3. Do it now — right now!

Don’t let another minute go by without taking irreversible action to do what needs to be done. Go pick up the phone, start the letter, or buy the running shoes! Don’t wait and let the regret grow. Take care of it now. What’s the worst that could happen? Who cares — it’s better than living a life stuck in regret.

Today is the next best day to do what we should have done before! Now go plant a tree.

When the World Out-Forgives the Church…

Not sure what you think of these two icons of the silver screen — but when Iron Man asks Hollywood to forgive William Wallace, it’s pretty cool. (Actually it’s Robert Downey Jr. and Mel Gibson, but IM & WW sound cooler.)

  • What might this act of radical grace look like in your context or mine?
  • Who is “beyond hope” that may need another chance?
  • Who has forgiven you for your failures?
  • Who might you sponsor in forgiveness?

Watch this video and meditate on Luke 6:37.

“Do not judge others, and you will not be judged. Do not condemn others, or it will all come back against you. Forgive others, and you will be forgiven” (NLT).


What could disqualify someone from ministry leadership? Permanently?

Maybe a better question would be: are there people so broken that they can not be restored?

My hope — and I believe God’s heart — is that no matter what the offense, restoration is not only possible, but should be the ultimate goal. But things get tricky and sticky when it comes to how we do “church life”, and often people are permanently sidelined after failure. Why is this the case?

  • There’s hard work involved. Restoration is often a messy, lengthy process, and leaders dread wading into these challenging waters.
  • Fool me once, shame on you; fool me twice…and so on. We are fearful that people will be repeat offenders, and we don’t want the backwash of their continued failure to splash polluted water on to our “clean” reputations.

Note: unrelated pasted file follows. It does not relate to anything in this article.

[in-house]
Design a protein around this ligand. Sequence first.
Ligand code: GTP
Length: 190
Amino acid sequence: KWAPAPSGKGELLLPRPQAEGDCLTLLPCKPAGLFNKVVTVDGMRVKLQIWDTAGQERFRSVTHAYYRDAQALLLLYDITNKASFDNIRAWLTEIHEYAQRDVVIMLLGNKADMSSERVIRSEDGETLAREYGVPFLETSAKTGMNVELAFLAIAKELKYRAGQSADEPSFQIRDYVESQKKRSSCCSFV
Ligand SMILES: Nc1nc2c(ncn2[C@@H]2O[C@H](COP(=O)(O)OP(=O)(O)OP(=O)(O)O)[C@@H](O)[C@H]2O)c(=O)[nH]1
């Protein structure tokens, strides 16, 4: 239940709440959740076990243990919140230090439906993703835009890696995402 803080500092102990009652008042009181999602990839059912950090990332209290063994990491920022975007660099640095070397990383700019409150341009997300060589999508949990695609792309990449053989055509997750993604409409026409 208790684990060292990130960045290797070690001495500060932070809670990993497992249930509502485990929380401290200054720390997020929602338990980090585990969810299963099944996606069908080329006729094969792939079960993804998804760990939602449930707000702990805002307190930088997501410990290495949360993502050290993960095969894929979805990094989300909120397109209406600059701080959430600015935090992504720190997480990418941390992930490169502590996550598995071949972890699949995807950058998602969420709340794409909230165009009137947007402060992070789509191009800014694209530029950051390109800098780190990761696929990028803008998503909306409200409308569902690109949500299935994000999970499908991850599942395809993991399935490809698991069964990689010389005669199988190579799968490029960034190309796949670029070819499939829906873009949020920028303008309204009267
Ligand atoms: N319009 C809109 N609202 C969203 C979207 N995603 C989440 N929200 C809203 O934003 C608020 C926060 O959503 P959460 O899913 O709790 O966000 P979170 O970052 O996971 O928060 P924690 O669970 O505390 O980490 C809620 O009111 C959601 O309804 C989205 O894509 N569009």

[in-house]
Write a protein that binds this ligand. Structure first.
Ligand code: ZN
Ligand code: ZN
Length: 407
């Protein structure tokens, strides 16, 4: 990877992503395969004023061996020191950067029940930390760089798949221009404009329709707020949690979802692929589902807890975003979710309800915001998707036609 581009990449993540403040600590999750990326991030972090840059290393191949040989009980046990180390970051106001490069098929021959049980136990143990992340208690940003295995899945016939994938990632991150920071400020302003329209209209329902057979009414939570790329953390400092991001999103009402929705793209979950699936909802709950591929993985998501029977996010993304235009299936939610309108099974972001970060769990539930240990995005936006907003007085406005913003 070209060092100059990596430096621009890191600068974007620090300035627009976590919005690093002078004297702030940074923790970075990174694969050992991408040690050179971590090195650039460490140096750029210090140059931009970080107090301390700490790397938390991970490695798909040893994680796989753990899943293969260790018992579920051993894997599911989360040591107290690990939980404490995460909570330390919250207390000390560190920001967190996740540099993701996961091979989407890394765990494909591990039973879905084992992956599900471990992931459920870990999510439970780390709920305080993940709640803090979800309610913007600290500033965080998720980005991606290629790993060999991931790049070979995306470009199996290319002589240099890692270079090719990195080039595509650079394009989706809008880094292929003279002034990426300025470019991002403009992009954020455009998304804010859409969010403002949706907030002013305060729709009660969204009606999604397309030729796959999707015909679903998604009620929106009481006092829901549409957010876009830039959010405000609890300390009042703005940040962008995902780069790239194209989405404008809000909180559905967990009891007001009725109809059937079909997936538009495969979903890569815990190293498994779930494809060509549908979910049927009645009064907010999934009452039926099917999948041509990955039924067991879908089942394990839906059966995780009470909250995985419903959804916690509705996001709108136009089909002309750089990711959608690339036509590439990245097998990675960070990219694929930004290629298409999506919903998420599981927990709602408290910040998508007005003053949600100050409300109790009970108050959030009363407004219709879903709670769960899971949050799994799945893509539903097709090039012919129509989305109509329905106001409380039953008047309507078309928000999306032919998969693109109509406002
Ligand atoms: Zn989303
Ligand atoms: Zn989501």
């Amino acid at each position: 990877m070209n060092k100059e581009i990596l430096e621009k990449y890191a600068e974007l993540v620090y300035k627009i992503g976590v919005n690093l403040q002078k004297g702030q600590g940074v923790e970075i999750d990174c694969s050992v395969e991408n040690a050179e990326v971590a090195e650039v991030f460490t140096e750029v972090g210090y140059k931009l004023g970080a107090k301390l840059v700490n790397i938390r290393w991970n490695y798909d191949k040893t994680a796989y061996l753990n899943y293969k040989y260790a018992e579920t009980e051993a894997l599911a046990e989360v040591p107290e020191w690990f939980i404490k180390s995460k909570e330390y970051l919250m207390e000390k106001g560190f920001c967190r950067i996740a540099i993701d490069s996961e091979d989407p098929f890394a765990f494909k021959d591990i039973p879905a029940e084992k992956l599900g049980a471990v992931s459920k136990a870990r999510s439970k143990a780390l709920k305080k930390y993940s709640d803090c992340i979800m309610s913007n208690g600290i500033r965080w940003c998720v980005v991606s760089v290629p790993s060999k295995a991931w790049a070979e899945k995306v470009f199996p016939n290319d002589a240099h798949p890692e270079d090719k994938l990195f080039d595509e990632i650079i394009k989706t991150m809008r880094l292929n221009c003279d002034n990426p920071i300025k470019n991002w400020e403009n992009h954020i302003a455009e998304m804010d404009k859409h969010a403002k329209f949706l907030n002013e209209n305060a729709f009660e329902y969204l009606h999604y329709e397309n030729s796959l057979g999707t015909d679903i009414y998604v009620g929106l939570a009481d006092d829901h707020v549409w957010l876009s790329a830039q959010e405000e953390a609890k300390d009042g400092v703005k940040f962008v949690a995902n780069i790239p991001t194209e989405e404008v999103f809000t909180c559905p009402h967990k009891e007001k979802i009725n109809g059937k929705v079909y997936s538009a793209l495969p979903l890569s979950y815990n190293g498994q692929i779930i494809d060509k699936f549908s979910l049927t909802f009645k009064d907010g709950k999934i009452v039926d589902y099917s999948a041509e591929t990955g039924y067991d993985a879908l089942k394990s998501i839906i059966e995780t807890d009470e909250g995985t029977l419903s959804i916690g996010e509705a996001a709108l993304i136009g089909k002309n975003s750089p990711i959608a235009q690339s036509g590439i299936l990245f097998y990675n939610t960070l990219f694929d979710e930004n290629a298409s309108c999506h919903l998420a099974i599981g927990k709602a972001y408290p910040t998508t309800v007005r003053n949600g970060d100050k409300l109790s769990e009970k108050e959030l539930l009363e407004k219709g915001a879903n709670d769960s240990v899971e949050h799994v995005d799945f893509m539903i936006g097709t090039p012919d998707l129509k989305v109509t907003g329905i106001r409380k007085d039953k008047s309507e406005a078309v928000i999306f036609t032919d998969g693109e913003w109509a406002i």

• We just don’t want to be associated with the brokenness of others. If I embrace you, offense and all, people may assume that I tolerate your sin (gasp!) and this would be a negative reflection on me (double gasp!).
  • The church often reflects a shame-based culture. When someone blows it, there must be something inherently wrong with them (as if there isn’t something inherently wrong with me). We label those people as failures, as shameful examples of what “not to be”.

A friend has experienced something like this over the past year. A qualified and skilled ministry leader, he went through a dark season, during which he made a bad decision that snowballed a bit before he “woke up” and put an end to it. I had the privilege of walking with him during that time and since. I was so proud of him for going back to each person involved and making it right, choosing to swallow his pride and walk in repentance. The whole episode lasted no longer than two weeks, and he came out of it stronger and more humble than before.

But over a year later, my friend’s pastor won’t even consider him for a ministry role. There’s just no place for him. He’s disqualified. Worse yet, there’s no pathway of restoration being made available to him. In his pastor’s mind, he’s permanently disqualified.

Can’t we just admit that we’re all broken people in need of grace? We all need the hope of restoration. And discarding those who fail is plain stupid (oops…did I just say that?!).